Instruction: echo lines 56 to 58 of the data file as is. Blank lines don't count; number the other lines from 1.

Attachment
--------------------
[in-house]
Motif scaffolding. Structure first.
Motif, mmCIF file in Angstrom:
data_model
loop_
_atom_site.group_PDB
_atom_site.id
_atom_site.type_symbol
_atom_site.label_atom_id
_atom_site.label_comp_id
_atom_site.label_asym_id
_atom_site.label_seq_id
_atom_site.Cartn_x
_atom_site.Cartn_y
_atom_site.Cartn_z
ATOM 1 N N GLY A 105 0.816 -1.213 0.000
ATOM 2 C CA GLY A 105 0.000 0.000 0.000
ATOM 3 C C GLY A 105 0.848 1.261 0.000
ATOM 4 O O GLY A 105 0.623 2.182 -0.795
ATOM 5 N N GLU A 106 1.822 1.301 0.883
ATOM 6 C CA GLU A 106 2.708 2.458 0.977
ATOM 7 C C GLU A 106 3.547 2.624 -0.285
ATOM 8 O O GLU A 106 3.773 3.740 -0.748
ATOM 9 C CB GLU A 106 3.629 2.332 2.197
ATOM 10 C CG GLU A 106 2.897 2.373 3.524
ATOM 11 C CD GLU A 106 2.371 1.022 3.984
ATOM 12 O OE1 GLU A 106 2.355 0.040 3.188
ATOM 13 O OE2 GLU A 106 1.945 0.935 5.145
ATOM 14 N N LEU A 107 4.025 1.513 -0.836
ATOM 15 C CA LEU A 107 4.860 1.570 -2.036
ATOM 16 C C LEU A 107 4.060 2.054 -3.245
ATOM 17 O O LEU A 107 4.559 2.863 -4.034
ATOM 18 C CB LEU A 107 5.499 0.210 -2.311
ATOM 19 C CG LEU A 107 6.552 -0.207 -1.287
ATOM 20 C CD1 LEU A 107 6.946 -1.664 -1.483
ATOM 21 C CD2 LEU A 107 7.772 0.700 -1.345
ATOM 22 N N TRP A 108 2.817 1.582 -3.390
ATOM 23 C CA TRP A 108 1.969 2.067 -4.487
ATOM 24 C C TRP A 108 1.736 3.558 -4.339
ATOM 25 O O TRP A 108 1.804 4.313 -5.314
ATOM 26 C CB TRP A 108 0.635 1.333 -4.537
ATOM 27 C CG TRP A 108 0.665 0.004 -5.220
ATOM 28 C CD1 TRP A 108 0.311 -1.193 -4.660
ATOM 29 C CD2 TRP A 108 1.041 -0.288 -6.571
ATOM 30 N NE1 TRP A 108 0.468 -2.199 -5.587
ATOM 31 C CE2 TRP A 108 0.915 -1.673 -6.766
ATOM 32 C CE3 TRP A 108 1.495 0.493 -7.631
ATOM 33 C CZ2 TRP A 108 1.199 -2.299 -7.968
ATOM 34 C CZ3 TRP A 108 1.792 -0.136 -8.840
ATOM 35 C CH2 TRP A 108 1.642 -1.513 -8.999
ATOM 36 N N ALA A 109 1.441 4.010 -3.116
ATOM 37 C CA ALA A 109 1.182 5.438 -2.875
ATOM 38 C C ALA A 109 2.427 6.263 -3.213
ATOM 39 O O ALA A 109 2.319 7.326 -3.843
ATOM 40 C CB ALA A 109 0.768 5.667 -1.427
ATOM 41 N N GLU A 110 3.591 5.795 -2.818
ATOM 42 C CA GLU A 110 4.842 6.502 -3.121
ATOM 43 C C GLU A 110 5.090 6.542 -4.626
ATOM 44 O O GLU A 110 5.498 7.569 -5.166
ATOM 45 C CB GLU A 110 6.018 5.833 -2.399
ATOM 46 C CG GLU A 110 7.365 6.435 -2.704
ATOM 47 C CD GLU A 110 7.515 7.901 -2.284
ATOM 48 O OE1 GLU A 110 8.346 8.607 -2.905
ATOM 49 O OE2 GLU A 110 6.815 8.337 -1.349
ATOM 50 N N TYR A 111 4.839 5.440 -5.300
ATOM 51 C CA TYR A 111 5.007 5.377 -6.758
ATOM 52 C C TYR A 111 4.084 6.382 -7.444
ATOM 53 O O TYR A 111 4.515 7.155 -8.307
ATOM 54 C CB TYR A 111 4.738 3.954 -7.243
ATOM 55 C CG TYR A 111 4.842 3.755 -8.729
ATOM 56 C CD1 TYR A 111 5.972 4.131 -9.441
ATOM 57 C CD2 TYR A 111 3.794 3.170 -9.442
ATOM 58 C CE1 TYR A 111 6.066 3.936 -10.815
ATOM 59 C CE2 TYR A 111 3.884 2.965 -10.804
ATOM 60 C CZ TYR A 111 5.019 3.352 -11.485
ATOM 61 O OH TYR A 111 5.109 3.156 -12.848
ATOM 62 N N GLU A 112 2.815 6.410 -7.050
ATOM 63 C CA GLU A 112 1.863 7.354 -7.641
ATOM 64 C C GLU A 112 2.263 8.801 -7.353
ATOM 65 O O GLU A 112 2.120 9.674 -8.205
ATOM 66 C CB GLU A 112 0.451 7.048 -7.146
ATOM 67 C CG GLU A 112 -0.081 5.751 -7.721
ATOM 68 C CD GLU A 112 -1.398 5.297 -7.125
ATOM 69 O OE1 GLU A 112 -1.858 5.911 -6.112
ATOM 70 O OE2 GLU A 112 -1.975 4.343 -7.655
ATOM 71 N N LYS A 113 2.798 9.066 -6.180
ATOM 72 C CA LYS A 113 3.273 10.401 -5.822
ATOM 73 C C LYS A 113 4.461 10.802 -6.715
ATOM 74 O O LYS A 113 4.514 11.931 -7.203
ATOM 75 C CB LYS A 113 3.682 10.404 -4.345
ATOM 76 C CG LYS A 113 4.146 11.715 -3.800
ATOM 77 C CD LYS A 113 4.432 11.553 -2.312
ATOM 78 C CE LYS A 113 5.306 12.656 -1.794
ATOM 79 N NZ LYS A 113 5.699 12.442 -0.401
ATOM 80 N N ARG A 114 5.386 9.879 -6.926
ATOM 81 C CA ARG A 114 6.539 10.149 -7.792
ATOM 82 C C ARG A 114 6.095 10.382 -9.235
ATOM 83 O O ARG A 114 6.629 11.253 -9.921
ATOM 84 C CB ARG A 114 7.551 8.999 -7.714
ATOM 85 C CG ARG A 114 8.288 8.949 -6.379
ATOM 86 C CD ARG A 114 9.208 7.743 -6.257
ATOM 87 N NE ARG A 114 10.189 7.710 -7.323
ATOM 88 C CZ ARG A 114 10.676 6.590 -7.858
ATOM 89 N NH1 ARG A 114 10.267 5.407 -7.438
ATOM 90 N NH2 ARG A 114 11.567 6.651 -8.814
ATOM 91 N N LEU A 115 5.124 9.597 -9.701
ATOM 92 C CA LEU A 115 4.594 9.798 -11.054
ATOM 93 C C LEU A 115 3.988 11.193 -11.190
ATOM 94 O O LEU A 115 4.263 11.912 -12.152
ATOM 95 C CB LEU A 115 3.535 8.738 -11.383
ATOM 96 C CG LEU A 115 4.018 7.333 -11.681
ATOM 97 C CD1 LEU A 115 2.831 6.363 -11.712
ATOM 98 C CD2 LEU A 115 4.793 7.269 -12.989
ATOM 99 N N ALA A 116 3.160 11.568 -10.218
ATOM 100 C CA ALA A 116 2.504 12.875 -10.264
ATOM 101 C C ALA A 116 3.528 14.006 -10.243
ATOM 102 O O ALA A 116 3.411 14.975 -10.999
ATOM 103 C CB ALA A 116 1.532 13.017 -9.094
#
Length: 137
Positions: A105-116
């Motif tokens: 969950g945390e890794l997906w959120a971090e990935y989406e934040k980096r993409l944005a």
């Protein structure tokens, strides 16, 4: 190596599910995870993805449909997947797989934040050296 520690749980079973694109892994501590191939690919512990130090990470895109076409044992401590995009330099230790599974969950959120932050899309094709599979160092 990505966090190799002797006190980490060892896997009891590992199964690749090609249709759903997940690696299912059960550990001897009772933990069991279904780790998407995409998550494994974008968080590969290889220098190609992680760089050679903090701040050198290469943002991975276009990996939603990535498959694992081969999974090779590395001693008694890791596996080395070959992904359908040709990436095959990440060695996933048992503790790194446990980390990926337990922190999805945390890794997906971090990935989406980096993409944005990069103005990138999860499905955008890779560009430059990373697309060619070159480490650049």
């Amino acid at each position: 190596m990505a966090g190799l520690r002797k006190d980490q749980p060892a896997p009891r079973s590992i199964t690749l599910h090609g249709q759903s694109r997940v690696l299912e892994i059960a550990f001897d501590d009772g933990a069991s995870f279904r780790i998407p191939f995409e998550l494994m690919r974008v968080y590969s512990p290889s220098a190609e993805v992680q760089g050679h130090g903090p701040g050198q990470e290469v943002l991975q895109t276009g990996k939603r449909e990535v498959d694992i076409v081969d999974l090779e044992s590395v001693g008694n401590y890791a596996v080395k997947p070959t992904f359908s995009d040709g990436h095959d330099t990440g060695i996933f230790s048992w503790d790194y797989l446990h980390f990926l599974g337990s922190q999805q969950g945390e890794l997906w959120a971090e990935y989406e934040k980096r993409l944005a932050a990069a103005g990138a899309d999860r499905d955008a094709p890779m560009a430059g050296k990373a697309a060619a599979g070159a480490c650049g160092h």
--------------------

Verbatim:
ATOM 41 N N GLU A 110 3.591 5.795 -2.818
ATOM 42 C CA GLU A 110 4.842 6.502 -3.121
ATOM 43 C C GLU A 110 5.090 6.542 -4.626